Melbourne, Feb 2: The Sri Lankan players have played without being paid adequately by their cricket board in the last few months and little has changed in recent times as they will now feature in the upcoming tri-series in Australia in the same financial crisis.
Sri Lanka's players are owed as much as USD five million and the due payments date back to last year's World Cup, which it co-hosted with India and Bangladesh.
The Federation of International Cricketers Association (FICA) fears the poor state of Sri Lanka Cricket's (SLC) finances leave them at risk of becoming insolvent without a cash bailout from the country's government.
The ICC intervened in December when it bypassed the board and facilitated a direct USD 2 million payout to Sri Lankan players.
The players are still owed a further USD 2.3 million from the World Cup, plus money from outstanding payments for matches against England, Australia, Pakistan and South Africa in the past eight months.
Sri Lanka skipper Mahela Jayawardene is hoping that the players will get their dues soon.
"The newly elected committee is trying to sort things out. It eventually will happen. Until then we just need to try and concentrate on cricket, just move on and get on with it," Jayawardene was quoted as saying by the 'Sydney Morning Herald.'
"Financially it is a burden for some of the guys, so we need to make sure they've got that security, knowing that they will get paid, so we can keep their focus on their game," Jayawardene said ahead of the tri-series beginning on Sunday in Melbourne with India taking on Australia in the opener.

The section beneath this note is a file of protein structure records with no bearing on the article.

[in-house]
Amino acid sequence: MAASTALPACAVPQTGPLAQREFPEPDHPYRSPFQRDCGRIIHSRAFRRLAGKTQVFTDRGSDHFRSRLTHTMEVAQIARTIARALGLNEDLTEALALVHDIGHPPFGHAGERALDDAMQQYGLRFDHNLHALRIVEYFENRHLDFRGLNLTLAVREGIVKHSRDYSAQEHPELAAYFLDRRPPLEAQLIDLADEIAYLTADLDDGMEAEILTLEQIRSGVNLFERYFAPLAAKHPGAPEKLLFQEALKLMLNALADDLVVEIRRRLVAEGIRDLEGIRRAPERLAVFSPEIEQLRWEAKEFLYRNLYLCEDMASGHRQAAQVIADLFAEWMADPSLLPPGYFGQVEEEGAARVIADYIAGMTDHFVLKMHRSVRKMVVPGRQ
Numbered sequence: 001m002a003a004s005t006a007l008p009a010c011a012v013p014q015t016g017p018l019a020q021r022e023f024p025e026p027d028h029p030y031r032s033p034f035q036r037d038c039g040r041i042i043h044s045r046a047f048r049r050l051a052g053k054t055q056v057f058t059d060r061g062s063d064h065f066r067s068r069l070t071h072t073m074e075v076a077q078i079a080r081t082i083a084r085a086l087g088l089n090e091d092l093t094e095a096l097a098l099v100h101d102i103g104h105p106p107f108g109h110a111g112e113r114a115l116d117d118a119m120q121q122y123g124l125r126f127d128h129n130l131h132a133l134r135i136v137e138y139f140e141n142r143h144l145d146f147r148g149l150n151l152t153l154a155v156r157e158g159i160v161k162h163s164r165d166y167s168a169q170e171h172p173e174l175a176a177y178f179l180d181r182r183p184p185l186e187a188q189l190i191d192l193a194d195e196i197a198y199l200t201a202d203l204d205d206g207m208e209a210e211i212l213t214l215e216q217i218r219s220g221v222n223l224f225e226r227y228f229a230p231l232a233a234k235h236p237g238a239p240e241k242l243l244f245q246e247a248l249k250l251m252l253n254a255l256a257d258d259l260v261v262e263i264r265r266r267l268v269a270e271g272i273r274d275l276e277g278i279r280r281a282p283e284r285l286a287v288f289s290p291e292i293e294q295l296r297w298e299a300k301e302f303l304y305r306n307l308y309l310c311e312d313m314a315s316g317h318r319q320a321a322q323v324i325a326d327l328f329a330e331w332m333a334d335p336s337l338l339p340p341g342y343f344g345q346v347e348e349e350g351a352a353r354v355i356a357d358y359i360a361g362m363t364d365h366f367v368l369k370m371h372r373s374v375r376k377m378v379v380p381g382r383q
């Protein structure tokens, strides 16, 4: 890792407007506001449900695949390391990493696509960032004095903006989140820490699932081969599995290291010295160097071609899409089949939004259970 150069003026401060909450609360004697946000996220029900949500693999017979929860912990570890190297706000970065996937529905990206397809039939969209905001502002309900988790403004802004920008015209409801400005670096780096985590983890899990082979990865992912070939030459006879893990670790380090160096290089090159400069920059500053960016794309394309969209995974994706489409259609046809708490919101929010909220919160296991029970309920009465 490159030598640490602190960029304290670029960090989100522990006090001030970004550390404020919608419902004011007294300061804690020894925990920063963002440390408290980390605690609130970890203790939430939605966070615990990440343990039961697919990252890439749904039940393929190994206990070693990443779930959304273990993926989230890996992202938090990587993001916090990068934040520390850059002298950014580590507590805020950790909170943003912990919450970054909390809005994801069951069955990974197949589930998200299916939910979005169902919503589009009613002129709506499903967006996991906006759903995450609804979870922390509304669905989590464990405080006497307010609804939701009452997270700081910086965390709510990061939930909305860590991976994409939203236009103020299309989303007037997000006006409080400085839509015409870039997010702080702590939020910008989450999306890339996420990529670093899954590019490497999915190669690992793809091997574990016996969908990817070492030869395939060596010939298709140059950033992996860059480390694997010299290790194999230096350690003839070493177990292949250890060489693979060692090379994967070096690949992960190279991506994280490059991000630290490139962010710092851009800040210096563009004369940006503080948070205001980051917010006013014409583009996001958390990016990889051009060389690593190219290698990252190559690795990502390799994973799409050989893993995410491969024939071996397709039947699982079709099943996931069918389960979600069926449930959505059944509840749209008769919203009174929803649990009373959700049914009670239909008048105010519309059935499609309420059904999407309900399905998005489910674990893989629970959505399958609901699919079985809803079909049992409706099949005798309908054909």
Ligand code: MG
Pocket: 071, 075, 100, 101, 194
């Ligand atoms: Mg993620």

In this crisis situation, the players have the temptation to play in lucrative Twenty20 tournaments such as the Indian Premier League, the Bangladesh Premier League or even the Big Bash League in Australia.
FICA chief executive Tim May said if the situation does not improve, it will hurt Sri Lanka cricket in a big way.
"There's a lot of opportunities for cricketers to earn a significant amount of money, in fact more than they can playing for their board, in other countries," May said.
"They've got families, they've got mouths to feed, they've got mortgages to pay etc, then they'll look at their opportunities. That would be a tragic situation for Sri Lanka Cricket.
"They desperately need to do something. They desperately need to find funding so they can pay outstanding debts, not only to cricketers but also hotel chains, air carriers etc and other creditors such that they can get their act together and operate properly as a governing body for cricket in that country," he added.